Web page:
I believe that even though all three explanations might be true to some extent, the genuine and central cause of the feeling of loneliness from which I cannot free myself is to be found in a different dimension, namely, in the experience of faith itself. I am lonely because, in my humble, inadequate way, I am a man of faith for whom to be means to believe, and who substituted "credo" for "cogito" in the time-honored Cartesian maxim.* Apparently, in this role, as a man of faith, I must experience a sense of loneliness which is of a compound nature. It is a blend of that which is inseparably interwoven into the very texture of the faith gesture, characterizing the unfluctuating metaphysical destiny of the man of faith, and of that which is extraneous to the act of believing and stems from the ever-changing human-historical situation with all its whimsicality. On the one hand, the man of faith has been a solitary figure throughout the ages, indeed millennia, and no one has succeeded in escaping this unalterable destiny which is an "objective" awareness rather than a subjective feeling. On the other hand, it is undeniably true that this basic awareness expresses itself in a variety of ways, utilizing the whole gamut of one's affective emotional life which is extremely responsive to outward challenges and moves along with the tide of cultural and historical change. Therefore, it is my intent to analyze this experience at both levels: at the ontological, at which it is a root awareness, and at the historical, at which

Synopsis:

A discussion of the meaning of a Jewish life of faith in the modern world uses personal testimony, Kierkegaardian reflections, and an extended commentary to look at faith in politics, business, science, and other areas. Reprint.

Synopsis:

Joseph B. Soloveitchik, the rabbi known as The Rav by his followers worldwide, was a leading

About the Author

\JOSEPH B. SOLOVEITCHIK was born in Russia in 1903 into a family of eminent Eastern European rabbis. In 1932 he became the chief rabbi of Boston, where he lived until his death in 1993. He founded the Maimonides School in Boston and for many years traveled to New York City to teach at Yeshiva University.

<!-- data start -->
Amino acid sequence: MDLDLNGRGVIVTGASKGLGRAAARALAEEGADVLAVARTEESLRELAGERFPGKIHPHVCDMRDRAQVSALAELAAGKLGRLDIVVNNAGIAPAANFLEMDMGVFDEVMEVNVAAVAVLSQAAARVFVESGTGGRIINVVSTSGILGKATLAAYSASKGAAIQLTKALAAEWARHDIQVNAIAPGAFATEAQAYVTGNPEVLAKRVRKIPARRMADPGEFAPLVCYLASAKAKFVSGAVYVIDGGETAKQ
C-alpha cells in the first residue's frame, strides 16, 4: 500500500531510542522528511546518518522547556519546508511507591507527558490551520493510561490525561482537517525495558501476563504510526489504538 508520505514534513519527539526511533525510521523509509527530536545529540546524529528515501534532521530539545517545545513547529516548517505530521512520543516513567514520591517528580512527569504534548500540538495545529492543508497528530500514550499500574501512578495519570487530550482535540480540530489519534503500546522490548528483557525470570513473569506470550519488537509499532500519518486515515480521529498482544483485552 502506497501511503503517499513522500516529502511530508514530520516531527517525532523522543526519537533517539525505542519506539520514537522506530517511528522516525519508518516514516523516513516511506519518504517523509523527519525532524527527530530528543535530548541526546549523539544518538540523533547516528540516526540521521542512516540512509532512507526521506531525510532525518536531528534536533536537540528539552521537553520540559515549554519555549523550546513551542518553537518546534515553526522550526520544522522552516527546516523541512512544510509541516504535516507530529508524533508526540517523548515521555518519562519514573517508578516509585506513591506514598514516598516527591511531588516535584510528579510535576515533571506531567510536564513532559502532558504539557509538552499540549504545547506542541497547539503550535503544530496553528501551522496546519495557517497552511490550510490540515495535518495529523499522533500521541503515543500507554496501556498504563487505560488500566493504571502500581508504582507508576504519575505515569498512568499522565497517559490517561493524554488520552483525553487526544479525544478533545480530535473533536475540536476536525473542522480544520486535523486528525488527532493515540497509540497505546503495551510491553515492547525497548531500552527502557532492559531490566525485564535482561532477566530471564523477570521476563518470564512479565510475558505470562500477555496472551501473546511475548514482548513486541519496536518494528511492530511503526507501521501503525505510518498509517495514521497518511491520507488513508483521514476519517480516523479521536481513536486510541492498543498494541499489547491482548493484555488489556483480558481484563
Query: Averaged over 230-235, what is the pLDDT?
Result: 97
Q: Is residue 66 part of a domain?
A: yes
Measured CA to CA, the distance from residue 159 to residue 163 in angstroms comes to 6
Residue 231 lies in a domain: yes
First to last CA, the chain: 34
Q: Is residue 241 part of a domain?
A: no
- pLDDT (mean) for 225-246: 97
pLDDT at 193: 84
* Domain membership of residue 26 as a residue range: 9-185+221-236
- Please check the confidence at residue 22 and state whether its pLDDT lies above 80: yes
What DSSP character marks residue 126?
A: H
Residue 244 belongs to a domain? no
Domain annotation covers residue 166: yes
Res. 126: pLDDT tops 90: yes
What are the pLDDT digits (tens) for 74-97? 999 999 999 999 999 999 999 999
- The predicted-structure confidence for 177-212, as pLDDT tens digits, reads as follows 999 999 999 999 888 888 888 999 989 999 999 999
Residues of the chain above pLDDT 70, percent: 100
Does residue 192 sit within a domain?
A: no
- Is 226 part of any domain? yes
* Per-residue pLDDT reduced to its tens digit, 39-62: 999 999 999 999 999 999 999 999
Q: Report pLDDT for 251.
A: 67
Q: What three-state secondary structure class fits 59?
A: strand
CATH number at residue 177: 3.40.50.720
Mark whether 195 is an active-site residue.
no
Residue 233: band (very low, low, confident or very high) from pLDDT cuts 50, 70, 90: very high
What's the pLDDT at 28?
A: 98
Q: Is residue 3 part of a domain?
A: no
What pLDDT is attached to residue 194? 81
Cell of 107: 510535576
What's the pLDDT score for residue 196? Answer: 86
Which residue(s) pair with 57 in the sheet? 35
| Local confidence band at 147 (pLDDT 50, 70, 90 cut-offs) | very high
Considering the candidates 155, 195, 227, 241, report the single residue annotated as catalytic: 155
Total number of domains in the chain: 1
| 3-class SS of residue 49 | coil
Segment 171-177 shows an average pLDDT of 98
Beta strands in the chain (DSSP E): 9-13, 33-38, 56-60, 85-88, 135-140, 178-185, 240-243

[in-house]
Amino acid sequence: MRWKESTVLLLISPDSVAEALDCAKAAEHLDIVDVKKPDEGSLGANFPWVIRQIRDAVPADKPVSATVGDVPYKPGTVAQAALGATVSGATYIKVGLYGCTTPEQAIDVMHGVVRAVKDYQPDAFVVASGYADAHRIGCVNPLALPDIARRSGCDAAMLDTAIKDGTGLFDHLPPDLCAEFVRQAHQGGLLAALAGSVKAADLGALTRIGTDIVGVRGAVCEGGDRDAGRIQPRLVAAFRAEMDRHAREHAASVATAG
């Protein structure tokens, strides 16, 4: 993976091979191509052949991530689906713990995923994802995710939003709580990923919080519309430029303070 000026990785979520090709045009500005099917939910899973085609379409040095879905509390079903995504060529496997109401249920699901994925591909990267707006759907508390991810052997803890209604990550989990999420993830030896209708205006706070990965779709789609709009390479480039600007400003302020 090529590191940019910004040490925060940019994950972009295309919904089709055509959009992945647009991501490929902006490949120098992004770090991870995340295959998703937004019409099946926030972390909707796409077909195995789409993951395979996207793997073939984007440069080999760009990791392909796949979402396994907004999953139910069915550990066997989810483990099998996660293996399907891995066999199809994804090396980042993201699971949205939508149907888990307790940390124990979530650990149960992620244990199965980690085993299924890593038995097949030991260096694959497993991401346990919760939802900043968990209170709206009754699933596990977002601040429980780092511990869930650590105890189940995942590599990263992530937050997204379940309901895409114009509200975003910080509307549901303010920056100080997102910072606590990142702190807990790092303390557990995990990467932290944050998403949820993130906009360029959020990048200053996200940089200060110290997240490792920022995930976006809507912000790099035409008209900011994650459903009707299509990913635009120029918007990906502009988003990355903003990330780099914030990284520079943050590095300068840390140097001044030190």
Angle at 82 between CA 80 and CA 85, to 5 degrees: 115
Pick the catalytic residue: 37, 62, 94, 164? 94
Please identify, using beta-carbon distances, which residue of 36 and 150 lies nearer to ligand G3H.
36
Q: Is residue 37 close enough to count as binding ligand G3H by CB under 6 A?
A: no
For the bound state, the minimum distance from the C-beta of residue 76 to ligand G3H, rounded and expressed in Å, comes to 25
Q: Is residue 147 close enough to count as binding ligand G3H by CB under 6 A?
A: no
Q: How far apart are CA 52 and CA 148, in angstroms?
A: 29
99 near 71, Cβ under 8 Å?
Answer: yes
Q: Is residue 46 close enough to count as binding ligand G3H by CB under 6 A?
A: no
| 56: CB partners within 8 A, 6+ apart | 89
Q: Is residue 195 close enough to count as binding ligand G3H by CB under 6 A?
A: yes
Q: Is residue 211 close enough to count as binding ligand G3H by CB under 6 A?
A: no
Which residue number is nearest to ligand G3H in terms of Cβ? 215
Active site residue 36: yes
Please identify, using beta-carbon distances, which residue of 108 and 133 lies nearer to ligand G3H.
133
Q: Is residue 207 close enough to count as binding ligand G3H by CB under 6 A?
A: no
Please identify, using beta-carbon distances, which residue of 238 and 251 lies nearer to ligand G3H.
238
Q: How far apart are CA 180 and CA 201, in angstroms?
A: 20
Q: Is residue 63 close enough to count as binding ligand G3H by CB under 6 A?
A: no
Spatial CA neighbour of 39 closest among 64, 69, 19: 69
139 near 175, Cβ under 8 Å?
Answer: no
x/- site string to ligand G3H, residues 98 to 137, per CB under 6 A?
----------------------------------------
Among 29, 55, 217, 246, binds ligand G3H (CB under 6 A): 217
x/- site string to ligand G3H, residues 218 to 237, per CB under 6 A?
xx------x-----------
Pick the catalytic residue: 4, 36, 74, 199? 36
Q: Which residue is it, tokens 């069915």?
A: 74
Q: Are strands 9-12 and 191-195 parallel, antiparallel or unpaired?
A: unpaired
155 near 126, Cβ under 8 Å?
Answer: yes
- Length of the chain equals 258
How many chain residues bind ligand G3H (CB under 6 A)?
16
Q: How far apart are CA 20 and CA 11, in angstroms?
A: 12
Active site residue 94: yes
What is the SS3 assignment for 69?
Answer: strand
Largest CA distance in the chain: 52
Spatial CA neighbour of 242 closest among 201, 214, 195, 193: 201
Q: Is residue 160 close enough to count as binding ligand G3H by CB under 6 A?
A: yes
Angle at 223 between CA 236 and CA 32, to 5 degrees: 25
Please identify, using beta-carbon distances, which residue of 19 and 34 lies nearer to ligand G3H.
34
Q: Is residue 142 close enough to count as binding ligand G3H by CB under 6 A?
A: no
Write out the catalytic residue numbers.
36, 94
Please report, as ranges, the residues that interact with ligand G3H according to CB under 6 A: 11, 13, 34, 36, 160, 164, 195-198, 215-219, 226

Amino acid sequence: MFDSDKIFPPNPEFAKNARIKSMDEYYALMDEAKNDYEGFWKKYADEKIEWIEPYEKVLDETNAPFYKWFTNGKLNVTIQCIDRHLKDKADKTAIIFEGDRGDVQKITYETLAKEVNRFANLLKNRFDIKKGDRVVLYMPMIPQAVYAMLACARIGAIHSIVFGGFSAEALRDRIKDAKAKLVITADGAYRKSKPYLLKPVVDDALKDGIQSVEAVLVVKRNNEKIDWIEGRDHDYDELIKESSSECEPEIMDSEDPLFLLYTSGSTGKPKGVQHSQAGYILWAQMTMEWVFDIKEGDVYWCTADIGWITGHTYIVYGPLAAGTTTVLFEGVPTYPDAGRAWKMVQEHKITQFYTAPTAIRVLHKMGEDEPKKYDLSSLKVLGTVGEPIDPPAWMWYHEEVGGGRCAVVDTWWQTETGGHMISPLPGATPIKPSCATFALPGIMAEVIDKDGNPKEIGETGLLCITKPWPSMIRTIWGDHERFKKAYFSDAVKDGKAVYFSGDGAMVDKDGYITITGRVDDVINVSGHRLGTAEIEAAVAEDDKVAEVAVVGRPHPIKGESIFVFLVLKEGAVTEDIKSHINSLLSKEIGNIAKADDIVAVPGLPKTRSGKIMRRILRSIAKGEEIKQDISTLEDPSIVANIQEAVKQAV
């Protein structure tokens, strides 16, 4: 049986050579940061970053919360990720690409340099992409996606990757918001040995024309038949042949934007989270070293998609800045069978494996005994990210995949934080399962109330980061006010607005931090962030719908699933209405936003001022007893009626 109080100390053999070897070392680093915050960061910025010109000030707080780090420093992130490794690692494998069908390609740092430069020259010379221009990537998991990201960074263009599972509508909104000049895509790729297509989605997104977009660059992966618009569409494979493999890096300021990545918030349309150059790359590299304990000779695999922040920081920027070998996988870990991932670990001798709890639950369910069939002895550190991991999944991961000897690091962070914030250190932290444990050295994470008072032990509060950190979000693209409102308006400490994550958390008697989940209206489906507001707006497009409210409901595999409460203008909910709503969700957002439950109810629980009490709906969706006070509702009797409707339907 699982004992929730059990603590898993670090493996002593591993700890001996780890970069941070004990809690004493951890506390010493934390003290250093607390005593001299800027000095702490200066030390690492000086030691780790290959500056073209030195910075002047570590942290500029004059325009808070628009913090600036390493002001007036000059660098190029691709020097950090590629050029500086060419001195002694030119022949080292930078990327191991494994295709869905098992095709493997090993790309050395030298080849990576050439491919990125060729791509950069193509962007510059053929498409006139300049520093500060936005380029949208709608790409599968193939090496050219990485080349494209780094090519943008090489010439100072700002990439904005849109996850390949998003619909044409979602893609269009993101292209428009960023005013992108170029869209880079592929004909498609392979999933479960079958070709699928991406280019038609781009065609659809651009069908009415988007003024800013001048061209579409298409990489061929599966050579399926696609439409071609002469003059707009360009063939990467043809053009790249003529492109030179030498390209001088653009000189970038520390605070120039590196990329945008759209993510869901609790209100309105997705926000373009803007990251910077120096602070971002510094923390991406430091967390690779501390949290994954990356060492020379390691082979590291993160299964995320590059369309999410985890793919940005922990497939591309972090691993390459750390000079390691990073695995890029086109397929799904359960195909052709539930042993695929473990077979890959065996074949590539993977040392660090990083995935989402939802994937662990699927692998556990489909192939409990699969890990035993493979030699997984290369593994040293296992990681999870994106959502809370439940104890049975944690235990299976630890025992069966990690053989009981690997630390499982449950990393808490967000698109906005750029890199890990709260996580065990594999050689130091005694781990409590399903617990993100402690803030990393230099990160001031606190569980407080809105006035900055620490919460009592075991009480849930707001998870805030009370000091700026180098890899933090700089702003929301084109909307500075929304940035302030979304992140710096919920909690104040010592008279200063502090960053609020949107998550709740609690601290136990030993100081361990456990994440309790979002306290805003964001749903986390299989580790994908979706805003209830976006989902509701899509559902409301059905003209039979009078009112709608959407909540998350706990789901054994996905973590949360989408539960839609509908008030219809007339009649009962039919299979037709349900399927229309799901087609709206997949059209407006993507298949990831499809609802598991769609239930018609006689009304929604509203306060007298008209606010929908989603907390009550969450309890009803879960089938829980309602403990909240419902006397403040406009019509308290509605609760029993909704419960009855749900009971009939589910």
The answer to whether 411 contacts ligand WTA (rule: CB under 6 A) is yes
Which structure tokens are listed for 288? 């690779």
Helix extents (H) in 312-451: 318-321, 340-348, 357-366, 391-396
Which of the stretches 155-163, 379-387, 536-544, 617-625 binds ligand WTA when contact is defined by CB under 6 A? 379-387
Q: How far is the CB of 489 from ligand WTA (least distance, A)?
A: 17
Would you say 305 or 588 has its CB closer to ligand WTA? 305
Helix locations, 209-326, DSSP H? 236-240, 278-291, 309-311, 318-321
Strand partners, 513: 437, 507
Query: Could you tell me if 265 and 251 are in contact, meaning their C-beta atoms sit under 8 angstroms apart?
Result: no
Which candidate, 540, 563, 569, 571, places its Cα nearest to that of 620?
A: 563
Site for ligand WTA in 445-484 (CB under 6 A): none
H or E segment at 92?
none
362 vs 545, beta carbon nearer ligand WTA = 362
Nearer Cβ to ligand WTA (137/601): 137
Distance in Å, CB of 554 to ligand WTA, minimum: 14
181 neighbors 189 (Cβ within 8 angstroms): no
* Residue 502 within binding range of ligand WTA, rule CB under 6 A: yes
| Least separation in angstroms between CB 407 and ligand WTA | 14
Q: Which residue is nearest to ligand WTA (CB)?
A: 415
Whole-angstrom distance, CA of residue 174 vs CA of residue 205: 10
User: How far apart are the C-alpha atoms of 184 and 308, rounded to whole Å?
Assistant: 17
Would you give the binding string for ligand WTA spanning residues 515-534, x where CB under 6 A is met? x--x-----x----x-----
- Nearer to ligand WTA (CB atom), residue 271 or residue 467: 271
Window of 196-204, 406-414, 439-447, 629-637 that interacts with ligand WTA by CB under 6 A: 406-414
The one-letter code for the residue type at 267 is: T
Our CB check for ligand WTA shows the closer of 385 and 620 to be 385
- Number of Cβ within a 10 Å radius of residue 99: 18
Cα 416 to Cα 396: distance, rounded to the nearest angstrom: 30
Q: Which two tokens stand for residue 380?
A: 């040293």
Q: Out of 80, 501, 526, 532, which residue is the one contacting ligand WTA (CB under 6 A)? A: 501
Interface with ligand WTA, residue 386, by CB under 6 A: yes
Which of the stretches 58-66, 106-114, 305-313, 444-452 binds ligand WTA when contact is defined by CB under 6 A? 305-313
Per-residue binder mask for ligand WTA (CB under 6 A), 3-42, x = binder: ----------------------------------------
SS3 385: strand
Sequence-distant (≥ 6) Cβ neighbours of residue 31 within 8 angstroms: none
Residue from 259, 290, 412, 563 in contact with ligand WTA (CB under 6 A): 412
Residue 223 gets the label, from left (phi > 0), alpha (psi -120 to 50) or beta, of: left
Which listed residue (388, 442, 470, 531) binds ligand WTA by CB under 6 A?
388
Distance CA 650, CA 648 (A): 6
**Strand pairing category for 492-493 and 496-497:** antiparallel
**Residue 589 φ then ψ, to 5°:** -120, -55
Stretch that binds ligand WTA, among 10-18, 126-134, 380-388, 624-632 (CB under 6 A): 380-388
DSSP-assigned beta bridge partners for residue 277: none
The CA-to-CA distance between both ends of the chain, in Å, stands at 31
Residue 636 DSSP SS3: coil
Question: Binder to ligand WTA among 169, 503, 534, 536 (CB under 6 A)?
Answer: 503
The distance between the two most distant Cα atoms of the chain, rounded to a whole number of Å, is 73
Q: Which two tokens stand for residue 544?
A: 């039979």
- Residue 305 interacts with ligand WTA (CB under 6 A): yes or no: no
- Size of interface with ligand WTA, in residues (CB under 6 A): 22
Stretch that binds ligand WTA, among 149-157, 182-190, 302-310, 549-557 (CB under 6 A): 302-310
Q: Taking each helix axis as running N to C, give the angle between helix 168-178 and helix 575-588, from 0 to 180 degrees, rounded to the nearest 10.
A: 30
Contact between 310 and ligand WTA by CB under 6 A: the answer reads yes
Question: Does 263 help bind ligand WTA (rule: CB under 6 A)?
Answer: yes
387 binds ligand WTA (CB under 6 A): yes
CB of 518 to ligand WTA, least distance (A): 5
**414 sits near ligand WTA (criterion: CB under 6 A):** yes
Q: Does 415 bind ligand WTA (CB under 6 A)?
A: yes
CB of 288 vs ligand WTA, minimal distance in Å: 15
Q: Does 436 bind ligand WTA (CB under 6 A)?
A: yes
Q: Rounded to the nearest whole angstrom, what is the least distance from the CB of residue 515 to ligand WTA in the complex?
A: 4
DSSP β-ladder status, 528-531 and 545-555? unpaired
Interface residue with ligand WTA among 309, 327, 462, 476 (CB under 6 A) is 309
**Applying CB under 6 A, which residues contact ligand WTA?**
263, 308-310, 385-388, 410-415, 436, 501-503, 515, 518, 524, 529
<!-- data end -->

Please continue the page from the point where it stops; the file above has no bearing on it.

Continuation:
Product Details

ISBN:
9780307568649
Publisher:
Doubleday
Subject:
Religion : Judaism - General
Author:
Soloveitchik, Joseph B.
Author:
Joseph B. Soloveitchik
Subject:
Religion : Judaism - Theology
Subject:
Judaism - Theology
Subject:
Judaism
Subject:
Loneliness
Subject:
Faith (Judaism)
Subject:
Loneliness -- Religious aspects -- Judaism.
Subject:
Judaism - General
Subject:
main_subject
Subject:
all_subjects
Publication Date:
20060516
Binding:
ELECTRONIC
Language:
English
Pages:
106

Related Subjects

Health and Self-Help » Psychology » Mood Disorders and Depression
Religion » Christianity » General
Religion » Judaism » General
Religion » Judaism » Theology

The Lonely Man of Faith
0 stars - 0 reviews
$ In Stock
Product details 106 pages Doubleday Religious Publishing Group - English 9780307568649 Reviews:
"Synopsis" by , A discussion of the meaning of a Jewish life of faith in the modern world uses personal testimony, Kierkegaardian reflections, and an extended commentary to look at faith in politics, business, science, and other areas. Reprint.
"Synopsis" by , Joseph B. Soloveitchik, the rabbi known as The Rav by his followers worldwide, was a leading
spacer
spacer
  • back to top

FOLLOW US ON...

       
Powell's City of Books is an independent bookstore in Portland, Oregon, that fills a whole city block with more than a million new, used, and out of print books. Shop those shelves — plus literally millions more books, DVDs, and gifts — here at Powells.com.